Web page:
Utilizing Intertek's expertise in Failure Mode Verification Testing (FMVT®) can help you improve quality components, parts and systems.
FMVT is a patented process to employ highly accelerated test methods. FMVT reveals inherent design weaknesses first predicted by the FMEA (Failure Mode and Effects Analysis) process. By exposing a design to a combined set of amplified environments/stresses, multiple failure modes (and their sequence and distribution) are produced in as little as one day. And because it can be completed in a day or two, FMVT makes it logistically and economically possible to bring people from all these areas into the testing process.
FMVT brings disciplines together:
- Design Engineering
- Reliability Engineering
- Computer Modeling
- Failure Analysis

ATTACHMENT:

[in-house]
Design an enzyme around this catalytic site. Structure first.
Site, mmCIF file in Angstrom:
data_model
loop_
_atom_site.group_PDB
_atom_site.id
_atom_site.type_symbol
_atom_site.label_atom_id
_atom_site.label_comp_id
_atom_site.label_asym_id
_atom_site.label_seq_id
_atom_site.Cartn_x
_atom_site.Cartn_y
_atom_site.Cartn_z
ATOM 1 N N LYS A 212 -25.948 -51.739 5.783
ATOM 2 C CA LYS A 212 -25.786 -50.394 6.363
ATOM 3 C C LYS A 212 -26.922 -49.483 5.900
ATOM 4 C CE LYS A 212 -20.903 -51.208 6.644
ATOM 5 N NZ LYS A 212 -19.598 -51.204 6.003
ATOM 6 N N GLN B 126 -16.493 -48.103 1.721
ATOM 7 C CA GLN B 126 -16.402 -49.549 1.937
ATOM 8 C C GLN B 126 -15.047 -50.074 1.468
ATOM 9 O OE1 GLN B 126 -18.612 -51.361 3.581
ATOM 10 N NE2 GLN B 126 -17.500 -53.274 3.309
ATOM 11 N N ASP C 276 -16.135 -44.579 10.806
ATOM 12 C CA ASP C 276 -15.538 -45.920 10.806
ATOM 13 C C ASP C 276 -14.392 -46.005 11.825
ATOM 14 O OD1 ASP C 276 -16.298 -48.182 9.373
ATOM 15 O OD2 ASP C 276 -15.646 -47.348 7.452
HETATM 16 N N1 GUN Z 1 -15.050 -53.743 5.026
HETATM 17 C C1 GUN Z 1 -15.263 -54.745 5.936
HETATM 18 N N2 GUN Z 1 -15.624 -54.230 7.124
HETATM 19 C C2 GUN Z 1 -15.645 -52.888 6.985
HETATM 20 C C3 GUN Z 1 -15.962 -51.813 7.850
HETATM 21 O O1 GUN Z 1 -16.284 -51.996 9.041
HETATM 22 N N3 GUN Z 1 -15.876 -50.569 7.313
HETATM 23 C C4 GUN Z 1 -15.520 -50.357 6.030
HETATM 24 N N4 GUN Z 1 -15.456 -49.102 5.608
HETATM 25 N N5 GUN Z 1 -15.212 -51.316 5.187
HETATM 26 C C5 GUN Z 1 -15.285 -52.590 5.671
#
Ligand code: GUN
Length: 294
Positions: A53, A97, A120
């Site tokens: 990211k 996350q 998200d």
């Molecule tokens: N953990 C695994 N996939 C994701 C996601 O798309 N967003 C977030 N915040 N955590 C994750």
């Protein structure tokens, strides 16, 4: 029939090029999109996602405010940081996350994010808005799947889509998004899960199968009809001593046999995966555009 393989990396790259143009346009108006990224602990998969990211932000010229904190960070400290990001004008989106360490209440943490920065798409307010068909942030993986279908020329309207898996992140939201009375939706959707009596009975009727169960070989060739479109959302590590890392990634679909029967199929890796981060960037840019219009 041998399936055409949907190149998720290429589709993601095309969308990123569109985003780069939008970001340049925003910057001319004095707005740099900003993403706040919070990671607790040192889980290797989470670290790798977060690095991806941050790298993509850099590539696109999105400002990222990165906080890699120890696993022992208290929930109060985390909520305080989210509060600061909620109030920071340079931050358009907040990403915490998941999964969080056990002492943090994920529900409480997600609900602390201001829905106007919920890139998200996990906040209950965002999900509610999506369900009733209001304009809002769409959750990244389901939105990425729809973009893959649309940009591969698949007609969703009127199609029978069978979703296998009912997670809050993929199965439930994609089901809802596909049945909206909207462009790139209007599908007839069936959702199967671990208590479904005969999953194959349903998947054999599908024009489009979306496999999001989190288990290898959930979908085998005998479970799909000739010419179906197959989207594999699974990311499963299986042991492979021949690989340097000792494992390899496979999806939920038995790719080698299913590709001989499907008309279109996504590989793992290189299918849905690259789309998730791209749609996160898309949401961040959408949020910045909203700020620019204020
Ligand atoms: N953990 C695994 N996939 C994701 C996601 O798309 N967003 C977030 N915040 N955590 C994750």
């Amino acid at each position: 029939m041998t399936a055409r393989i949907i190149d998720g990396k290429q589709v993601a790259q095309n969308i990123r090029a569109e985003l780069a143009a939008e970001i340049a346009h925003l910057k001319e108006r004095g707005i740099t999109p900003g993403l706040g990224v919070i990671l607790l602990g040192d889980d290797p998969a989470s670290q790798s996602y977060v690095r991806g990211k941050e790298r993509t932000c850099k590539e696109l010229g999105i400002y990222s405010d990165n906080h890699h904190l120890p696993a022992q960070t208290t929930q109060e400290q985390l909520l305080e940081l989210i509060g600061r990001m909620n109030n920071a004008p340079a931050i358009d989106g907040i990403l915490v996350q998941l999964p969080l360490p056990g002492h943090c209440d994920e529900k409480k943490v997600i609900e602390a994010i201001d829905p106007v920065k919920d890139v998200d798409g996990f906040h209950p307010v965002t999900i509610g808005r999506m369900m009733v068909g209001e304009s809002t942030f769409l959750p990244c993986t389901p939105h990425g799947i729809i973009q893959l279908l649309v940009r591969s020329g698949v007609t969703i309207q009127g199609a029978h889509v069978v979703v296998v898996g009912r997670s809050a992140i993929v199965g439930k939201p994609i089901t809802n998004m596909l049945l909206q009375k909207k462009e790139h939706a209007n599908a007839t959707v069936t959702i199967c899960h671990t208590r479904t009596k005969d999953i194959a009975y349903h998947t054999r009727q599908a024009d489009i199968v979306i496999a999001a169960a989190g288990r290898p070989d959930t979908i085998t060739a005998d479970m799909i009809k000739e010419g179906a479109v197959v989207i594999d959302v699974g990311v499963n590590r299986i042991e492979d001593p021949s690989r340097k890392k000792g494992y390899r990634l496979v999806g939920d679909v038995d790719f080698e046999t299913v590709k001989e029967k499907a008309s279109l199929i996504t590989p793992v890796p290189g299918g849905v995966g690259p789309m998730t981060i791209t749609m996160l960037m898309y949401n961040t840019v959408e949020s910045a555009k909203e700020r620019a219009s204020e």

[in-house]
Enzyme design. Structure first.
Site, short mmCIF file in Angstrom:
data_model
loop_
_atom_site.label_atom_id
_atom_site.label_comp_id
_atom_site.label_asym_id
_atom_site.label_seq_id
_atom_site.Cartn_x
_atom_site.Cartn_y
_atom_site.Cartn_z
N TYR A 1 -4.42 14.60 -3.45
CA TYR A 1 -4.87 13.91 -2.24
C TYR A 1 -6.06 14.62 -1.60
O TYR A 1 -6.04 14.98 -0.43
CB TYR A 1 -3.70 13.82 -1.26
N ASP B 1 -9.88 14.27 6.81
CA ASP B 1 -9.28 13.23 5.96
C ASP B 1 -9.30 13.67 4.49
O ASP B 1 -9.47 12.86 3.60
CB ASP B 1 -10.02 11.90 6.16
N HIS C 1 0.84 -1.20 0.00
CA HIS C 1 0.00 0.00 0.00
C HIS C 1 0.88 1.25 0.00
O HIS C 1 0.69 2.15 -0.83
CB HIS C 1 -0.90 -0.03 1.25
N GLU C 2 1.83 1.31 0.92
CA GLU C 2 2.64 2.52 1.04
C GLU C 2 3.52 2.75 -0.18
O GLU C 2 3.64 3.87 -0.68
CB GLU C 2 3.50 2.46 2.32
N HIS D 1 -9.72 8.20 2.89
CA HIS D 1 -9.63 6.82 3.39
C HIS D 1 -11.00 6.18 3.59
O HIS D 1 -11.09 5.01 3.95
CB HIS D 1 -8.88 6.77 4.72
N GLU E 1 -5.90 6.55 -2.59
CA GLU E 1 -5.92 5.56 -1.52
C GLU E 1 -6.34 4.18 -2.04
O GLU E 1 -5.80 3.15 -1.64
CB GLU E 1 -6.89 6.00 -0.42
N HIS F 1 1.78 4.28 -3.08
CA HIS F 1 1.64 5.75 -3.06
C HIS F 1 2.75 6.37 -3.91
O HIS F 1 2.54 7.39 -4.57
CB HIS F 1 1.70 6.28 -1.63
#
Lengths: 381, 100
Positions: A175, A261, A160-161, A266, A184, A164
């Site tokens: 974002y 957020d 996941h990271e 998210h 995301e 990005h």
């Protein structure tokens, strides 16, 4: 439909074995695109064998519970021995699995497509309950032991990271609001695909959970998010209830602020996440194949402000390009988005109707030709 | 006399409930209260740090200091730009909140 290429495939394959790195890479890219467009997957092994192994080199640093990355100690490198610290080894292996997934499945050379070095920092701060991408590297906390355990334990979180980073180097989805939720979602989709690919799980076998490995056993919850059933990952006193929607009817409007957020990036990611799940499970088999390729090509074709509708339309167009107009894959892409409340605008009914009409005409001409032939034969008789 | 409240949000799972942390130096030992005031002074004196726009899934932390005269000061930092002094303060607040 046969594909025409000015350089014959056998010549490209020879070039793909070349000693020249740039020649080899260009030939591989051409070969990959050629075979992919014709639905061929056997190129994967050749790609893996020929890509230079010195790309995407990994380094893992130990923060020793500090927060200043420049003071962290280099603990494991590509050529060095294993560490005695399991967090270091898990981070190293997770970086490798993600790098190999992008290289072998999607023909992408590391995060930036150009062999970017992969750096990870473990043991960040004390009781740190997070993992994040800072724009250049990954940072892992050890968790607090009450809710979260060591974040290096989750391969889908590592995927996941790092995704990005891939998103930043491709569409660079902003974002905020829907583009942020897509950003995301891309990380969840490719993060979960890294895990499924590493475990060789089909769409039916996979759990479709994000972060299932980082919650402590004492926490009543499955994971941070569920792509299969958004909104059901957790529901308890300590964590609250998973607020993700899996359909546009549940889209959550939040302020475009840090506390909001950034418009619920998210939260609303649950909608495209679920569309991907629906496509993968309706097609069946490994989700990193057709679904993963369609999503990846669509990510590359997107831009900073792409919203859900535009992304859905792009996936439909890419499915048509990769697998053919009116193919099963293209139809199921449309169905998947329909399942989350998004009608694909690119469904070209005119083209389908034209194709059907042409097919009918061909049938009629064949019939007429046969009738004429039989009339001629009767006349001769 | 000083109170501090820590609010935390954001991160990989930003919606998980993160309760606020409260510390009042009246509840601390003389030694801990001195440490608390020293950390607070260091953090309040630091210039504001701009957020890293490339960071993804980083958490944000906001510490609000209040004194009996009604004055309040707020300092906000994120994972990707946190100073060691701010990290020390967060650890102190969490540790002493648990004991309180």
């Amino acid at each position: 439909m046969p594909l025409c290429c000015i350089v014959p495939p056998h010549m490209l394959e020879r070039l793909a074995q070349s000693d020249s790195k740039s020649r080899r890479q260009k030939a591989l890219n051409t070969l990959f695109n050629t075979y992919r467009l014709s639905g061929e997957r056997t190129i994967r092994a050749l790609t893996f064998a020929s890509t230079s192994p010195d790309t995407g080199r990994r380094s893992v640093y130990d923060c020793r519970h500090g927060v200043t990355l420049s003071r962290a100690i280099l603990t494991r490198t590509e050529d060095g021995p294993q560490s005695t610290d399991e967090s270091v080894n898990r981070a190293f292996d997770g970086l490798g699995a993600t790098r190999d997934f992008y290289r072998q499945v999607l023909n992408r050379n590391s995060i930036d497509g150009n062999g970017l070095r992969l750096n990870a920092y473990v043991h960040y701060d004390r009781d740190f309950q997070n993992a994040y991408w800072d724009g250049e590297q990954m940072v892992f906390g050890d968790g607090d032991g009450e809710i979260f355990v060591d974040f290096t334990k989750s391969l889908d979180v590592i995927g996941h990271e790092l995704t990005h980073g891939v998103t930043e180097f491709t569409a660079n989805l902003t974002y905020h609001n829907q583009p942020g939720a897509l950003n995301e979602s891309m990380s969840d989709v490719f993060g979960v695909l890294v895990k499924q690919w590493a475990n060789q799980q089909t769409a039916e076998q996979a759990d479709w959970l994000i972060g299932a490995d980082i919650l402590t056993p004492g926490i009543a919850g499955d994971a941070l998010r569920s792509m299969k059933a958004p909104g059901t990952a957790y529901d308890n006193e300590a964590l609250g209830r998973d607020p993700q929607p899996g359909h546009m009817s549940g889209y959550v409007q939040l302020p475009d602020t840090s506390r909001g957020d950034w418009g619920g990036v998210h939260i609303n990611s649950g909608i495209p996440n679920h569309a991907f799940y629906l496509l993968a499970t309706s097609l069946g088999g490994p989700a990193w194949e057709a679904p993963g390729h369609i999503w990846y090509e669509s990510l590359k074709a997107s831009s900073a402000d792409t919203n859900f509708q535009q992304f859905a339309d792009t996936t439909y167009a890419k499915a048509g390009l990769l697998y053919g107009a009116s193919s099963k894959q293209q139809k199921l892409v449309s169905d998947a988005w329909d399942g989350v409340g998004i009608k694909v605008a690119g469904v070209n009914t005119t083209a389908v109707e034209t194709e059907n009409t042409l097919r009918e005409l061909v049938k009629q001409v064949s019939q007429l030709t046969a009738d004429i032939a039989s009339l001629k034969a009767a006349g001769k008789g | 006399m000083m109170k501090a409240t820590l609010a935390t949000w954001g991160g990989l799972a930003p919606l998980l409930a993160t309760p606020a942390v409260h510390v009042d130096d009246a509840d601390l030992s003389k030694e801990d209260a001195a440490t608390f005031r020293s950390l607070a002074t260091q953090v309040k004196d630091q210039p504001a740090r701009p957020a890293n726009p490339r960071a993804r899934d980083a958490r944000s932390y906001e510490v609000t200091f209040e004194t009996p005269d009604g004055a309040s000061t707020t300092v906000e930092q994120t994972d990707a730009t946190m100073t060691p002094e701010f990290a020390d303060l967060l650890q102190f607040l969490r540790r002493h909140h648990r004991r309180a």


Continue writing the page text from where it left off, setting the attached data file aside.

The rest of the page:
Advantages of the FMVT
- Identifies Real Failure Modes and their Root Causes
- Increases Product Quality by Exposing Failure Modes that may not be Detected in Traditional Testing
- Reduces Development Time by Identifying Failure Modes at Design Verification
- Reduces Testing Time and Costs
- Reduces Number of Required Prototypes for Testing
- Does Not Require Road Data
- Complements Planned Design Iteration Sequences
- Design Verification
- Reliability Growth
- Continuous Improvement
- Warranty Reduction
- Warranty Avoidance
- Late Design Changes
FMVT Product Applications
A wide range of electro-mechanical products, including:
- Hard Drives
- ECG Monitors
- GPS Units
- Consumer Electronics/Appliances
- Test to Failure: By testing to failure, we can verify a design's or redesign's performance and manage the reliability growth and risk mitigation of the program.
- DMFEA Drive Test Development: Test the design based on what can break it. Bring the DFMEA to life.
- Produce Multiple Failure Modes: Random stress provides the opportunity to induce multiple failure modes on a single product.
- Conduct Failure Analysis: Root cause analysis tells the designer not just what failed but how and why and may give insight on how to correct.
- Estimate Design Maturity: Calculate the design's opportunity for improvement and its technological limits.